While massive resisters continued to pursue their agenda, forces engaged in the struggle for civil rights and desegregation challenged the institutionalized system of racism that predominated in the South. Their resolve along with the commitment of the federal government led to the passage of the Civil Rights Act of 1964. As a result, segregation and political disenfranchisement of African-Americans in the South were illegal. Regarding the dissolution of massive resistance, Lewis reminds his readers of the following. Just as massive resistance is difficult to define and pinpoint in terms of its chronological beginning, it is likewise problematic to identify its demise. Astutely, he connects the gradual dissolution of the movement through its transformation into ideological respectability as a force in national politics in what has been referred to as 'new conservatism,' a movement that peaked in the 1980s during the Reagan administrations.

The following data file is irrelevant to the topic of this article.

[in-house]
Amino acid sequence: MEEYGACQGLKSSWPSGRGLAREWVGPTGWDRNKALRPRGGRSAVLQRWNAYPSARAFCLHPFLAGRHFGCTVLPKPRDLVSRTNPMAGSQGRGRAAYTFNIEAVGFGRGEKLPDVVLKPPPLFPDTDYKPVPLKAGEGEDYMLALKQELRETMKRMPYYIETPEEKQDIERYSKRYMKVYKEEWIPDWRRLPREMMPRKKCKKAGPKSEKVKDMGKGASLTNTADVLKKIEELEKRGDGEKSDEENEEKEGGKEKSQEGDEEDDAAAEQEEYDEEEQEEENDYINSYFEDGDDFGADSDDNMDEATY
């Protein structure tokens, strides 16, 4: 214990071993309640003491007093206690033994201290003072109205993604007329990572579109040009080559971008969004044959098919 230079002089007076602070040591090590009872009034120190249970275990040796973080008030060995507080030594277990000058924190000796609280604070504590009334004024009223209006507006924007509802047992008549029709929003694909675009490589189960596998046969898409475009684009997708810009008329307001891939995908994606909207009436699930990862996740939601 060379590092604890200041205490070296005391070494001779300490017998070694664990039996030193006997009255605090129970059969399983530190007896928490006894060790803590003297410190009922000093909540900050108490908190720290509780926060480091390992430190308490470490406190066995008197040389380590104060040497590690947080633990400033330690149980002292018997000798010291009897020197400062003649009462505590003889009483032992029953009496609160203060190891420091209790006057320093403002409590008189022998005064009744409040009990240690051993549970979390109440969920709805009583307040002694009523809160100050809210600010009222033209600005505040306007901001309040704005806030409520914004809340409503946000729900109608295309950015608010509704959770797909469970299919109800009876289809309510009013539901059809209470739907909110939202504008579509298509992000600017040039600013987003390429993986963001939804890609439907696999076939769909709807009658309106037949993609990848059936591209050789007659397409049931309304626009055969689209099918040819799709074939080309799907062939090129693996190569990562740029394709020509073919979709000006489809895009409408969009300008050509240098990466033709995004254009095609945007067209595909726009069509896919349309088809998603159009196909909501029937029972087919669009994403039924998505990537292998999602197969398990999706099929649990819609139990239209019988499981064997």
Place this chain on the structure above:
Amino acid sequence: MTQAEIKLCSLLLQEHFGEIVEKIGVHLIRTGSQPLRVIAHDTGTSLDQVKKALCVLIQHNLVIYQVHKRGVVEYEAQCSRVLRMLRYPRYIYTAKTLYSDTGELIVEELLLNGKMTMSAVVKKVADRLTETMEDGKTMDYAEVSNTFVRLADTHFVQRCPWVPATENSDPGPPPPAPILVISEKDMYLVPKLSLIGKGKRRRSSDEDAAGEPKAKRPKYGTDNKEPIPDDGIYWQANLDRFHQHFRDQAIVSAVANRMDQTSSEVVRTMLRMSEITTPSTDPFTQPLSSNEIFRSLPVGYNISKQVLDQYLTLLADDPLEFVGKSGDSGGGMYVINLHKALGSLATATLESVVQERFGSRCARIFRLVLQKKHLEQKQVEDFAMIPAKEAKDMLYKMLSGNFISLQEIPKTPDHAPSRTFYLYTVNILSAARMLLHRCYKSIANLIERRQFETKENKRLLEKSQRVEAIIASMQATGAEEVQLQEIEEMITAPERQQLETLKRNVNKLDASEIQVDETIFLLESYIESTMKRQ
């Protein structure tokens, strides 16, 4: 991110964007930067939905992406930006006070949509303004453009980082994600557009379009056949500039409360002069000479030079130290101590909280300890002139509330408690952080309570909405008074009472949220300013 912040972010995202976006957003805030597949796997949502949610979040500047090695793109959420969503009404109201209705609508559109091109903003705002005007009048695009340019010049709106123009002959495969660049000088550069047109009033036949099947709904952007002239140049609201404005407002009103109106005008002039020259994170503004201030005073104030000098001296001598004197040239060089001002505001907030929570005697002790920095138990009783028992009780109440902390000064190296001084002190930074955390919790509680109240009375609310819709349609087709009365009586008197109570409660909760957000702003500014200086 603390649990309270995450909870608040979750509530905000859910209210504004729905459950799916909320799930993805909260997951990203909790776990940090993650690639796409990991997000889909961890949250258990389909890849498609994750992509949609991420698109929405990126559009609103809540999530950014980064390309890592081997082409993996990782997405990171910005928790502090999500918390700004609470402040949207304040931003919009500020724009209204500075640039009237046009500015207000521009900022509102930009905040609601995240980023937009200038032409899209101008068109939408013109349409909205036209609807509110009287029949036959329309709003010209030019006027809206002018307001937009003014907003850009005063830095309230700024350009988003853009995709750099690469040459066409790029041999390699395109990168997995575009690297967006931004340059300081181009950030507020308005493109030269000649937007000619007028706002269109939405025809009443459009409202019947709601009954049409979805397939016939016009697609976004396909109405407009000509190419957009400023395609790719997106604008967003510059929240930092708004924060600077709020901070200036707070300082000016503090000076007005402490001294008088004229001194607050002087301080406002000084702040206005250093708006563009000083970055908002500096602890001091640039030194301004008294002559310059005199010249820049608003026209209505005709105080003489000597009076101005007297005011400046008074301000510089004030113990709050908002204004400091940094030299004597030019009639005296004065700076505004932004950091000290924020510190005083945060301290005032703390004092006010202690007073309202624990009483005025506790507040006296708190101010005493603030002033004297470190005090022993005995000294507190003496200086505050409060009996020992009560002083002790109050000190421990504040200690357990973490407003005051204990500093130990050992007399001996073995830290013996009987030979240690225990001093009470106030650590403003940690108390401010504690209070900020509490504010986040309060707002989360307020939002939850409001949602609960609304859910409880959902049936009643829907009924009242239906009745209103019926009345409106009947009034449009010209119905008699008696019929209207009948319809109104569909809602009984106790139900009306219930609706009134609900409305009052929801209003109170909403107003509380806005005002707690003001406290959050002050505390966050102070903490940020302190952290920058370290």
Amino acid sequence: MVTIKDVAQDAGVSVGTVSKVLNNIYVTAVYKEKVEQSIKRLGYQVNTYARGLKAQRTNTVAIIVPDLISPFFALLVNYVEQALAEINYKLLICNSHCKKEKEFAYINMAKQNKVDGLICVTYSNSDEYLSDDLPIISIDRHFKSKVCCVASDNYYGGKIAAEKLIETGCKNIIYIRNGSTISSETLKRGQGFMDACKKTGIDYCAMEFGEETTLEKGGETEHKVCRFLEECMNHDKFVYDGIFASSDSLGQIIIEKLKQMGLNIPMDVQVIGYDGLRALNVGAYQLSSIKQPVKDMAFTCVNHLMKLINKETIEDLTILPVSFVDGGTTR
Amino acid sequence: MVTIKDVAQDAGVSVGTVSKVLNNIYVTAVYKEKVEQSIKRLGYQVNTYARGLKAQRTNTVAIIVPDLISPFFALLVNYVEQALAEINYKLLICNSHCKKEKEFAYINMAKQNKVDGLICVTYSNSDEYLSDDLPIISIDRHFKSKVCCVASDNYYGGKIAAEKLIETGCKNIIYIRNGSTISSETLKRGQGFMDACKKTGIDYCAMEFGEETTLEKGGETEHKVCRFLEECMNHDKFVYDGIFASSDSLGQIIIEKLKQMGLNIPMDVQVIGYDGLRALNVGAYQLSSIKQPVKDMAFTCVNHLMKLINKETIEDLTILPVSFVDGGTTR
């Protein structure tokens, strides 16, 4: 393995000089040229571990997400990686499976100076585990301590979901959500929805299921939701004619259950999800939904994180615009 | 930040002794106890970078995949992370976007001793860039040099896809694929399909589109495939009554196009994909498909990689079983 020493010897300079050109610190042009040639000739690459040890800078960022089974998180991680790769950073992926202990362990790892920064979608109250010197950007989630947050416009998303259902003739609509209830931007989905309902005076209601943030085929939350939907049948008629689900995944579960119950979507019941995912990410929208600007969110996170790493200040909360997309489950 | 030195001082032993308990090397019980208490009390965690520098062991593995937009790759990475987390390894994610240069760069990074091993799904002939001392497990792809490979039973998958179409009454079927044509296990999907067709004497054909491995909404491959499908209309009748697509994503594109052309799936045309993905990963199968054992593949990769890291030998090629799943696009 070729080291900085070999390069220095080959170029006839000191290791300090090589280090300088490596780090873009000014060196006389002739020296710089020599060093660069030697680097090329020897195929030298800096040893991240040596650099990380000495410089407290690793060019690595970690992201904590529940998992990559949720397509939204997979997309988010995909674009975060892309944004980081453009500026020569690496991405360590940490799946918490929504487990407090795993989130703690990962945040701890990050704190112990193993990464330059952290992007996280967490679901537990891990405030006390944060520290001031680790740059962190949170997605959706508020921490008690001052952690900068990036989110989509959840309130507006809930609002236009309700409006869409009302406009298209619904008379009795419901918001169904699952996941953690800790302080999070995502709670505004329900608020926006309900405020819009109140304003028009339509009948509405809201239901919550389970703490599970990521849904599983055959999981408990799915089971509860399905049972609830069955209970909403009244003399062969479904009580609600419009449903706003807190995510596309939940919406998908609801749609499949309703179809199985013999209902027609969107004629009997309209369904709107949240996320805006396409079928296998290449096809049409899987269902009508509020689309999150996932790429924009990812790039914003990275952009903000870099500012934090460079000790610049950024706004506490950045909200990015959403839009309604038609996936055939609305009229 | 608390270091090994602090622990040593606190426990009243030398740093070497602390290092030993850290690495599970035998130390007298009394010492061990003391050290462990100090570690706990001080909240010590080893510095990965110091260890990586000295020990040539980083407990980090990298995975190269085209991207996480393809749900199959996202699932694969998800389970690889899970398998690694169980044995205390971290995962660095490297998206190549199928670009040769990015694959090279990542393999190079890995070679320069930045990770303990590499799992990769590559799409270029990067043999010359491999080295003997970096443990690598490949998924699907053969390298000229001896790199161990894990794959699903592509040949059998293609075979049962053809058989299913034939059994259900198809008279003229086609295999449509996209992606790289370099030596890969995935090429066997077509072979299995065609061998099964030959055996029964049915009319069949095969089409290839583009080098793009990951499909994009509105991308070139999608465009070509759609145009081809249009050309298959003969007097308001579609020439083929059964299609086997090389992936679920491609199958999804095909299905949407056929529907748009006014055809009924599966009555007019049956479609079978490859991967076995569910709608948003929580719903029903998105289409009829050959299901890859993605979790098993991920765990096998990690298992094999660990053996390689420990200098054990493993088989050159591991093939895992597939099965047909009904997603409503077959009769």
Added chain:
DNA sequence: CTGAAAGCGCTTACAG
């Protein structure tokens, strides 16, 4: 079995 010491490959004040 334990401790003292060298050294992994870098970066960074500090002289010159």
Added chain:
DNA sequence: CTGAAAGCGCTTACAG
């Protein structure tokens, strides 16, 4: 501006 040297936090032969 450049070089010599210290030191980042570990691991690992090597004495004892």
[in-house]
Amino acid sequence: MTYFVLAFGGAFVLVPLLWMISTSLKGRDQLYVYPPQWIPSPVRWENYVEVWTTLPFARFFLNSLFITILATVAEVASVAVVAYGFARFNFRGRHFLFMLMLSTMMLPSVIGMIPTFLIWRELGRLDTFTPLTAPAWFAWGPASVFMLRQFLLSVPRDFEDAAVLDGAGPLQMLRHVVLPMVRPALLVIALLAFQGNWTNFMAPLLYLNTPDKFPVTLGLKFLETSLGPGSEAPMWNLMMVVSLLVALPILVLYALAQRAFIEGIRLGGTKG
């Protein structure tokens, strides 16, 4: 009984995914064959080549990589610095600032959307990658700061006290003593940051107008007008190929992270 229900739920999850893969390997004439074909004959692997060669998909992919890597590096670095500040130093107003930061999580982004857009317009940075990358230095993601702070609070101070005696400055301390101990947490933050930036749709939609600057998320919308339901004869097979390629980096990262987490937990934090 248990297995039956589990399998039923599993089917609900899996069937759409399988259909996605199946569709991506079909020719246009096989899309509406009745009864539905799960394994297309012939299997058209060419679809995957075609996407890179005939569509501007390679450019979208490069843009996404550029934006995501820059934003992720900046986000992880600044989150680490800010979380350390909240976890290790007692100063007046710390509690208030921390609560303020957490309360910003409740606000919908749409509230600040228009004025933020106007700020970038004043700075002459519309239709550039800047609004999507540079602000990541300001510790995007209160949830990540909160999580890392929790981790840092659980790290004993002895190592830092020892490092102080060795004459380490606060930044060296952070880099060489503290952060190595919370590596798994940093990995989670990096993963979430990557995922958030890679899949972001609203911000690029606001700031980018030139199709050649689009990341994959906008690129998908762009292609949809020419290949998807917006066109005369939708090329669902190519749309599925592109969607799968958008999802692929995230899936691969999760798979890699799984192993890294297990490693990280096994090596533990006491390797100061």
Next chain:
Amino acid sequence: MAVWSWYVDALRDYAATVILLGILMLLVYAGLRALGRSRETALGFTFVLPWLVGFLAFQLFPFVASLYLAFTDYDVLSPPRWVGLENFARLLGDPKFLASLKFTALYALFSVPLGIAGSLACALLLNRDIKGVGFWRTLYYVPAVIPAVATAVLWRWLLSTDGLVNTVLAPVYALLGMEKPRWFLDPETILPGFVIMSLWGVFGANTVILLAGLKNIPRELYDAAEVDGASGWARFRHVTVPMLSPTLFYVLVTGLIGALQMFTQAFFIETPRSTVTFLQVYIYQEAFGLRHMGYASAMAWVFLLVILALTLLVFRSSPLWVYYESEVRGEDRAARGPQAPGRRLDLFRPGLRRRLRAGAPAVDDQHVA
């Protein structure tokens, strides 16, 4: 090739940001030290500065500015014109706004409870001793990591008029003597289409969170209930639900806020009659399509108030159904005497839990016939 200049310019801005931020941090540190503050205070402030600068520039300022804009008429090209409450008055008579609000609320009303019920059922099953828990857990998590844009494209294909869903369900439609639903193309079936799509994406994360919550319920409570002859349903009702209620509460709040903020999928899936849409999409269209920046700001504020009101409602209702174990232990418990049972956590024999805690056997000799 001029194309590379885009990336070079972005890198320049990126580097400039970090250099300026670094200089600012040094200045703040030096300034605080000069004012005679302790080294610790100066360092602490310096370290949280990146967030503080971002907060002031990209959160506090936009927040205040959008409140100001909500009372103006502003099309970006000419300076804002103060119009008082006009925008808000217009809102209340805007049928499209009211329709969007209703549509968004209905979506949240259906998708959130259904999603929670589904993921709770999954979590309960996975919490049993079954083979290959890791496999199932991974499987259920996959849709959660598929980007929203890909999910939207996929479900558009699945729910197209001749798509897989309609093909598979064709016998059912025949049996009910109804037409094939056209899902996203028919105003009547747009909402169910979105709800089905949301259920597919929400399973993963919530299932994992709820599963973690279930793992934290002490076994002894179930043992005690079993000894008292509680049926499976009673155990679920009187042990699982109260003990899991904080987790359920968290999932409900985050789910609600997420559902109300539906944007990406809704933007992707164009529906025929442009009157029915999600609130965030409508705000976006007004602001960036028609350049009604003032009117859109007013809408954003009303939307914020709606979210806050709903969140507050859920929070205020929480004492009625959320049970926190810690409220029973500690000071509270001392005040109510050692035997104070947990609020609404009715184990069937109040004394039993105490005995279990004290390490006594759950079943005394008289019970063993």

After reading Lewis's book, one will come away with a clearer understanding of the forces and dynamics that comprised the massive resistance movement. His focused coverage of its trajectory, key aspects of its historiography, superb utilization of documentary evidence, and his effective use of an array of local and national episodes, well known and less known, all contribute to giving the reader a deeper understanding of the segregationist movement in the South. Massive Resistance is an important and much needed contribution to historical scholarship on an important and perhaps neglected side of the civil rights era. If one were to choose one book on this particular subject, I believe this volume should be the one.
Joseph Michael Gratale
The American College of Thessaloniki